Breakfast cereals: The extreme food industry
By nearly all indicators employed by industrial-organization economists to measure market structure, company conduct, and social performance, the ready-to-eat cereals industry ranks at the extreme end of the range of food industries. As the quintessential shared monopoly, renewed attention by the antitrust agencies might yield economic benefits for consumers. [EconLit cites: L100, L410, L660] © 1999 John Wiley & Sons, Inc.
To our knowledge, this item is not available for
download. To find whether it is available, there are three
1. Check below under "Related research" whether another version of this item is available online.
2. Check on the provider's web page whether it is in fact available.
3. Perform a search for a similarly titled item that would be available.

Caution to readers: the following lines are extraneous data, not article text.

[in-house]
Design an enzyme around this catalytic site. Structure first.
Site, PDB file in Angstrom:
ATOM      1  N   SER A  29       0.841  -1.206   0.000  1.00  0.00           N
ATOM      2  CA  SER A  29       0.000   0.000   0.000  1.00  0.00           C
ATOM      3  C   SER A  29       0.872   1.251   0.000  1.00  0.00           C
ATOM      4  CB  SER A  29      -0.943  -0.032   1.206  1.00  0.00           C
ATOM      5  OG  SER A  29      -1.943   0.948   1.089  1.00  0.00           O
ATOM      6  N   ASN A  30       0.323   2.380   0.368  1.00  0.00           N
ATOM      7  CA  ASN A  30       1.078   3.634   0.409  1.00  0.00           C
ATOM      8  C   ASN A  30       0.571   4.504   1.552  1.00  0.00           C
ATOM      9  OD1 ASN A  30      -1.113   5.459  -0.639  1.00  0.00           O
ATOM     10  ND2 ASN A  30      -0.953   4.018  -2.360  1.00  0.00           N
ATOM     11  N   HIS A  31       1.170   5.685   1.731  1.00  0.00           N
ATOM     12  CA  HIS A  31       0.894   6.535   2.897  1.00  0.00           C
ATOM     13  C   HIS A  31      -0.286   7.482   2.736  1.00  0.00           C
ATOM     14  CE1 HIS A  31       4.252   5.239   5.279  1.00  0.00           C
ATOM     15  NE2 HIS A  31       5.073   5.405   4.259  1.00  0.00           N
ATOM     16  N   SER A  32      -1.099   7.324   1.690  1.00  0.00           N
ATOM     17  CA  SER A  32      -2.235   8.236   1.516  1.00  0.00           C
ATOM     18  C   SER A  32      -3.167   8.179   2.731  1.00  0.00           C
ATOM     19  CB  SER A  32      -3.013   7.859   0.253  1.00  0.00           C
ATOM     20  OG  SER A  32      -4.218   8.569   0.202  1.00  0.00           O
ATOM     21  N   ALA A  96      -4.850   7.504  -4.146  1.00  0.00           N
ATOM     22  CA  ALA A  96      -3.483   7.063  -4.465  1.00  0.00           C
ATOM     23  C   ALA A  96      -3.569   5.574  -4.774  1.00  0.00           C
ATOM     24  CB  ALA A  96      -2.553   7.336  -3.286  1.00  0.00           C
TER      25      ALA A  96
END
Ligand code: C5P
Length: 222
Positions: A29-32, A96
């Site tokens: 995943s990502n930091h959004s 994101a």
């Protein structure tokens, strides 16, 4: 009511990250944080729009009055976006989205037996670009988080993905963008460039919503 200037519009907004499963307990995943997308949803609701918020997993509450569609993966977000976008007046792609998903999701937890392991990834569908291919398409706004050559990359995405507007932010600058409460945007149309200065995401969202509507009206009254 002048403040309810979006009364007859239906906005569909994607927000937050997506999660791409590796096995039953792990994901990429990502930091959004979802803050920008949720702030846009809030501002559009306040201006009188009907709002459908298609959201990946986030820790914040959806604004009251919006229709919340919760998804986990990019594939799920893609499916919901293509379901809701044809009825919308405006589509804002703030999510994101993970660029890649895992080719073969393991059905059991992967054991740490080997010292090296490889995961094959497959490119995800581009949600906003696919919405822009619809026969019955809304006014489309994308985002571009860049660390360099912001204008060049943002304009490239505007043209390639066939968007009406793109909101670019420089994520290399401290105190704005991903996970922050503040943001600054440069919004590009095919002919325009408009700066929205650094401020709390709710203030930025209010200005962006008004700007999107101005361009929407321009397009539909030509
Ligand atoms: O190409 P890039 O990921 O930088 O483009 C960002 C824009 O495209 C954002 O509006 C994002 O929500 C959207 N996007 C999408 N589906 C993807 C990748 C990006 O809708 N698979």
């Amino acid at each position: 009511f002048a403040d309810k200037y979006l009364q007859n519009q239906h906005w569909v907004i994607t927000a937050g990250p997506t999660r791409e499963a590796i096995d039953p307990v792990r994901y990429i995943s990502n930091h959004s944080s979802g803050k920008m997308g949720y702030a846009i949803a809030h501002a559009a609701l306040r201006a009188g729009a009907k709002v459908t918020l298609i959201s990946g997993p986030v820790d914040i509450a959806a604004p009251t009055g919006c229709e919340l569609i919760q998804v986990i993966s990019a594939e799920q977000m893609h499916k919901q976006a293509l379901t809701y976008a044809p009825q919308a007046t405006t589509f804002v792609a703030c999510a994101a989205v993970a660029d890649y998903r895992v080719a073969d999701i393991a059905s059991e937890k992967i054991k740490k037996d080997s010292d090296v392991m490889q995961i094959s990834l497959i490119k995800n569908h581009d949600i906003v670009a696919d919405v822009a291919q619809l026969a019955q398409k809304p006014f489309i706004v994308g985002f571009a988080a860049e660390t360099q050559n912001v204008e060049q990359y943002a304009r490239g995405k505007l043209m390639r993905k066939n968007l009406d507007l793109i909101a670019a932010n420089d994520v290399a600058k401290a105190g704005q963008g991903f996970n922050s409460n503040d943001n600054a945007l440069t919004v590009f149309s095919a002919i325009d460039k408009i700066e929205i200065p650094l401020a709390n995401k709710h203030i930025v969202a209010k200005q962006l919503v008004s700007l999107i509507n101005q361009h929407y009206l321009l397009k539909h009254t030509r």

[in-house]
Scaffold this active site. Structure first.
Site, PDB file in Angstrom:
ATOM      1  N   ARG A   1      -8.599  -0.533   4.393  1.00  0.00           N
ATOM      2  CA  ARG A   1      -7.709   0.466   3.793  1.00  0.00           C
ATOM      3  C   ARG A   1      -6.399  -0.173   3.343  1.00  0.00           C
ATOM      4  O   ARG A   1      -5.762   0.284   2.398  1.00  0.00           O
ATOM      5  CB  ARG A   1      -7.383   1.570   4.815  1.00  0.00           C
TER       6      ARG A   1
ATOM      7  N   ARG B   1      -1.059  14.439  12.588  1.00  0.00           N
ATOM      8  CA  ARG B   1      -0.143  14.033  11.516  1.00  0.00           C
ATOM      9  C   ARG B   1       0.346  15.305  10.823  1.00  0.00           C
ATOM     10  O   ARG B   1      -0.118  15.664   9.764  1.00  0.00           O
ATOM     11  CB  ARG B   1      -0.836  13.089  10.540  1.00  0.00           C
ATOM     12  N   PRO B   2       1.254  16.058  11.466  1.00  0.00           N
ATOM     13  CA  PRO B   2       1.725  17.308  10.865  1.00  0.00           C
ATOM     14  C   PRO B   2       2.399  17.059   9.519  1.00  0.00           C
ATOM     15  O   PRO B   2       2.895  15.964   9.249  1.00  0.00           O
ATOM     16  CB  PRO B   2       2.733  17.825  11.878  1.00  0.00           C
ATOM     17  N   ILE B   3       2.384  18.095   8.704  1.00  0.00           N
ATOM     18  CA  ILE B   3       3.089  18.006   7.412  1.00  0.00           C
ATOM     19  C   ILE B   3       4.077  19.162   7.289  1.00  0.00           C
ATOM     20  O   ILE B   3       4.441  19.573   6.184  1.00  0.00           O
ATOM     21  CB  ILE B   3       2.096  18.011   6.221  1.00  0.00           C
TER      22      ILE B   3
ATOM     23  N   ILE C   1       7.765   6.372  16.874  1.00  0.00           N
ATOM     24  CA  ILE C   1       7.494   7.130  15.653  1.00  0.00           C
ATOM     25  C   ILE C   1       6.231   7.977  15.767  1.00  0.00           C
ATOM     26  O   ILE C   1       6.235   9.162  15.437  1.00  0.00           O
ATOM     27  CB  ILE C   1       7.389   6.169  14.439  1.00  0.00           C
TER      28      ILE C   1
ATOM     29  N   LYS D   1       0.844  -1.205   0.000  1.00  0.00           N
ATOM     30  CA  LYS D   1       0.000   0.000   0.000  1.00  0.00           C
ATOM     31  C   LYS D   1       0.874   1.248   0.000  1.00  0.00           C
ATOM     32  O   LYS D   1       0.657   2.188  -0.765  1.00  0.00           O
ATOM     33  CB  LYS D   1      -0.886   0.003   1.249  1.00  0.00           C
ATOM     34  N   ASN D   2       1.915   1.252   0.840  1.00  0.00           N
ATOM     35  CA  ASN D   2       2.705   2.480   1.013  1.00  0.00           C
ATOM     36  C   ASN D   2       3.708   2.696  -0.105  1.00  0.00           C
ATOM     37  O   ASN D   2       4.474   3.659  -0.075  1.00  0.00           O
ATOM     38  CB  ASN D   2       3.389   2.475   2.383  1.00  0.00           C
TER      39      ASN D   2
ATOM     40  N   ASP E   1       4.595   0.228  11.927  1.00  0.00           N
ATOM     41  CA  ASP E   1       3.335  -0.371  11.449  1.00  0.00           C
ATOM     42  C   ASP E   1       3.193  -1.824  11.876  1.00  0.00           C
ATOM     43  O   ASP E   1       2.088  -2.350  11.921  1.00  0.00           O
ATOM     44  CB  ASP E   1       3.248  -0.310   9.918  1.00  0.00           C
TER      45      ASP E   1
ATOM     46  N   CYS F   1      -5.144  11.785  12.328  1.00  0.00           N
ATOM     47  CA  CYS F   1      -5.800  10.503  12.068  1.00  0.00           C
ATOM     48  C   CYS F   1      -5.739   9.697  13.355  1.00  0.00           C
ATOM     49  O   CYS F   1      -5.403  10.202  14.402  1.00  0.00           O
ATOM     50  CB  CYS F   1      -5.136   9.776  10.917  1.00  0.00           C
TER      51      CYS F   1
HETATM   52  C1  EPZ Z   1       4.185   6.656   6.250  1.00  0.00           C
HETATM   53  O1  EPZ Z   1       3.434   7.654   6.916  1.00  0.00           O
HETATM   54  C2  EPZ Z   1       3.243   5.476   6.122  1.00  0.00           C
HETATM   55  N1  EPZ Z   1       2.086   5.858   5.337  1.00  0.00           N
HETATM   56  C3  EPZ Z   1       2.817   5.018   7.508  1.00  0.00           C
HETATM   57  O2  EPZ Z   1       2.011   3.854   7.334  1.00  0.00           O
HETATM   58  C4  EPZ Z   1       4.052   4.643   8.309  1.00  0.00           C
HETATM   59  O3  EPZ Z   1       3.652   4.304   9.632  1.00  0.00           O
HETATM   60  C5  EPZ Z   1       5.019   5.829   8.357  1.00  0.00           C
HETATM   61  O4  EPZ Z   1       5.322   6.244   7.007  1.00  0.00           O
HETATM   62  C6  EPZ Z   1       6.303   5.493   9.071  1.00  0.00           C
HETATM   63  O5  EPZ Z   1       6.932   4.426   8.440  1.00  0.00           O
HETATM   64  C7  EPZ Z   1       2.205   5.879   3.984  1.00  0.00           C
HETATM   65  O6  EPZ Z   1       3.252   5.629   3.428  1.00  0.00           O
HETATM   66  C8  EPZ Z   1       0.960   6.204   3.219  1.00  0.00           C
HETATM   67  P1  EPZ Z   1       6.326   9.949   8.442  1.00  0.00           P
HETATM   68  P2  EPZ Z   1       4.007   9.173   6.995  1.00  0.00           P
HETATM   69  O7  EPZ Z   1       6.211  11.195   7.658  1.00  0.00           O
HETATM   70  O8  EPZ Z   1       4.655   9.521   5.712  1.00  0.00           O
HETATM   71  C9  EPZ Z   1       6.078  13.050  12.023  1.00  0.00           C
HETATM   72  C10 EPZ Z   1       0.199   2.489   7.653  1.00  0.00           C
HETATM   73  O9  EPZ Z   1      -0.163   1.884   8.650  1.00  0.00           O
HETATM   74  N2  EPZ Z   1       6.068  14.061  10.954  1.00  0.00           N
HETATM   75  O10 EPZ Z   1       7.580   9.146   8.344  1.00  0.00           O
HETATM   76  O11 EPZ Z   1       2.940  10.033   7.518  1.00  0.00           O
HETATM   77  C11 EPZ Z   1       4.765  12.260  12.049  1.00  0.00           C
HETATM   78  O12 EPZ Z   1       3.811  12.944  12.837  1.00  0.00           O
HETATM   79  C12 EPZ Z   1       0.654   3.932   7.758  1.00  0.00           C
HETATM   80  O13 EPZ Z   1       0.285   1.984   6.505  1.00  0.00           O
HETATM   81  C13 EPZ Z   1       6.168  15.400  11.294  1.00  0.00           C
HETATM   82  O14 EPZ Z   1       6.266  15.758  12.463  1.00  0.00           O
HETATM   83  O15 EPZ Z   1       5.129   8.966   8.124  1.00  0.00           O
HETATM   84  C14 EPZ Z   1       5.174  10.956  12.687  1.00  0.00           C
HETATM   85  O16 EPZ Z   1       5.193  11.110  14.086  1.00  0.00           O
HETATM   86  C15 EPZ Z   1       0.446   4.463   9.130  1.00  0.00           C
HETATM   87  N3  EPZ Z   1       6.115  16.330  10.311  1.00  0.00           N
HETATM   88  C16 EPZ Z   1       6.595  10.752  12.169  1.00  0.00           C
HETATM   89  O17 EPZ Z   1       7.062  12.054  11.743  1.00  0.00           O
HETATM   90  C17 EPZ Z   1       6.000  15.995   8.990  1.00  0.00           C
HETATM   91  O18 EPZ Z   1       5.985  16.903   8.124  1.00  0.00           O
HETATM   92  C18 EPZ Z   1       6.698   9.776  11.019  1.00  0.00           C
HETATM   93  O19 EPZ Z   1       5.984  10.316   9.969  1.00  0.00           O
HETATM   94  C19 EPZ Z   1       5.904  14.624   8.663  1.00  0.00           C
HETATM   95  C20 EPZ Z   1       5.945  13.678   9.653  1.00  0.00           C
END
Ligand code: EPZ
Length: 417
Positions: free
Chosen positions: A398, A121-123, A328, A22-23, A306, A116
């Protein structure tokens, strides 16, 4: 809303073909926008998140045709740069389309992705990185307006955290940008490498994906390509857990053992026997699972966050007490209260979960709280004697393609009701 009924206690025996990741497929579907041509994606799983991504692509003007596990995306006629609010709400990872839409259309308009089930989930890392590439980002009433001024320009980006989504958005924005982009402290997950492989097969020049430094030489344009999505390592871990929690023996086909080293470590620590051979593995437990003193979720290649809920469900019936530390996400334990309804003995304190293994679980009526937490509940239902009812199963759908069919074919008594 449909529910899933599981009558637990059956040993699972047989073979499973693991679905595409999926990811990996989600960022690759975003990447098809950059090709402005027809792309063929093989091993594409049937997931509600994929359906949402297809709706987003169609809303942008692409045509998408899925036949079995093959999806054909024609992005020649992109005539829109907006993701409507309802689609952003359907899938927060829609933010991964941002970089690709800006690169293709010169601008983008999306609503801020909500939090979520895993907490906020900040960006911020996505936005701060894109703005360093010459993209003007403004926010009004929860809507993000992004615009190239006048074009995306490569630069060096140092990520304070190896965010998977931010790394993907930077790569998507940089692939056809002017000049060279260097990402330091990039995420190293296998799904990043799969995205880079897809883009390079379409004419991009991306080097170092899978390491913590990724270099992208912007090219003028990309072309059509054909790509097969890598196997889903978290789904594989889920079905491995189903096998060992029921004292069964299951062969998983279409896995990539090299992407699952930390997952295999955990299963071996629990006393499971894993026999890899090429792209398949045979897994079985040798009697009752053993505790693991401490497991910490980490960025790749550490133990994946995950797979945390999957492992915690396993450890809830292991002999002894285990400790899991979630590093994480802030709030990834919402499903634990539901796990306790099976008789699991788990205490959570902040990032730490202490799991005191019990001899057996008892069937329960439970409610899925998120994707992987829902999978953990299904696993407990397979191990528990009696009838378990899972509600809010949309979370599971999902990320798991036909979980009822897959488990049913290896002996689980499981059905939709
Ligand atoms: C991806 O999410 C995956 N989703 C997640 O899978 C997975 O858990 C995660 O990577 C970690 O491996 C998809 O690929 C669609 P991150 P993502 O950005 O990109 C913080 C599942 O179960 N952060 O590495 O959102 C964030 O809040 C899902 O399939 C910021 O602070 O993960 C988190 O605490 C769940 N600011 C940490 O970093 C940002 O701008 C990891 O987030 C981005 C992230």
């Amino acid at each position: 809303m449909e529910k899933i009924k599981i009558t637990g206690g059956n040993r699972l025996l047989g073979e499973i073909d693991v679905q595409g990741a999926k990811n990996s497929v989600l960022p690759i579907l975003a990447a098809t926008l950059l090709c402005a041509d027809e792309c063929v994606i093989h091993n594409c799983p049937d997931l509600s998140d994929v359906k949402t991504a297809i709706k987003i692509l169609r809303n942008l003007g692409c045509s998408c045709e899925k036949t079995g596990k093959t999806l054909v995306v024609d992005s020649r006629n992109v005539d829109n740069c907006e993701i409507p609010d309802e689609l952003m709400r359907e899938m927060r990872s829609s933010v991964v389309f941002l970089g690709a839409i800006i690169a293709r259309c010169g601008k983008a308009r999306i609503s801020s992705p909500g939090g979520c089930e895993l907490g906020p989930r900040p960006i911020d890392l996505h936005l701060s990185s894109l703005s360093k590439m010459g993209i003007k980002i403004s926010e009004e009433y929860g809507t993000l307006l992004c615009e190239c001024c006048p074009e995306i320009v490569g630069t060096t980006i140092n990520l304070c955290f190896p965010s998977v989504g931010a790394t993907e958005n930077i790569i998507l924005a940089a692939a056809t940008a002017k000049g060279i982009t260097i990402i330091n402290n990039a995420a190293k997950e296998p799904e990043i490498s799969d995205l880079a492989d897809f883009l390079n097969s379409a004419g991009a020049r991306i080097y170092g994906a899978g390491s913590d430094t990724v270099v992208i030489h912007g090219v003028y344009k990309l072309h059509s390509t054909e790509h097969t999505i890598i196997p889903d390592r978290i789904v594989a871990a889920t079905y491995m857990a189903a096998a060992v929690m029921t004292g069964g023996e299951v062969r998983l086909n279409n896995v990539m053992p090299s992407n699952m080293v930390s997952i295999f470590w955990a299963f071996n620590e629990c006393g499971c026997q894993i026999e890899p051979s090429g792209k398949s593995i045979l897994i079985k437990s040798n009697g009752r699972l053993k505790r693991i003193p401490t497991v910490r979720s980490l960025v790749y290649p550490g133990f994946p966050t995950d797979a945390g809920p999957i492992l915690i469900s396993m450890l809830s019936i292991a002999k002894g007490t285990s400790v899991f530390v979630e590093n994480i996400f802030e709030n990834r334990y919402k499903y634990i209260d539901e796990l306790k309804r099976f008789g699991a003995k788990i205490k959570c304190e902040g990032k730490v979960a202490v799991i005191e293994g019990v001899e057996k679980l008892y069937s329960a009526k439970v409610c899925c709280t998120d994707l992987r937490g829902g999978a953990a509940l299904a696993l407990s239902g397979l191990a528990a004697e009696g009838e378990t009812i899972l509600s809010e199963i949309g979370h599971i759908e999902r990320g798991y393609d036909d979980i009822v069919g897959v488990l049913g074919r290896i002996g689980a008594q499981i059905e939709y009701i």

Volume (Year): 15 (1999)
Issue (Month): 2 ()
|Contact details of provider:|| Web page: http://onlinelibrary.wiley.com/journal/10.1002/(ISSN)1520-6297|
References listed on IDEAS
Please report citation or reference errors to , or , if you are the registered author of the cited work, log in to your RePEc Author Service profile, click on "citations" and make appropriate adjustments.:
- Stanley, Linda R & Tschirhart, John, 1991. "Hedonic Prices for a Nondurable Good: The Case of Breakfast Cereals," The Review of Economics and Statistics, MIT Press, vol. 73(3), pages 537-541, August.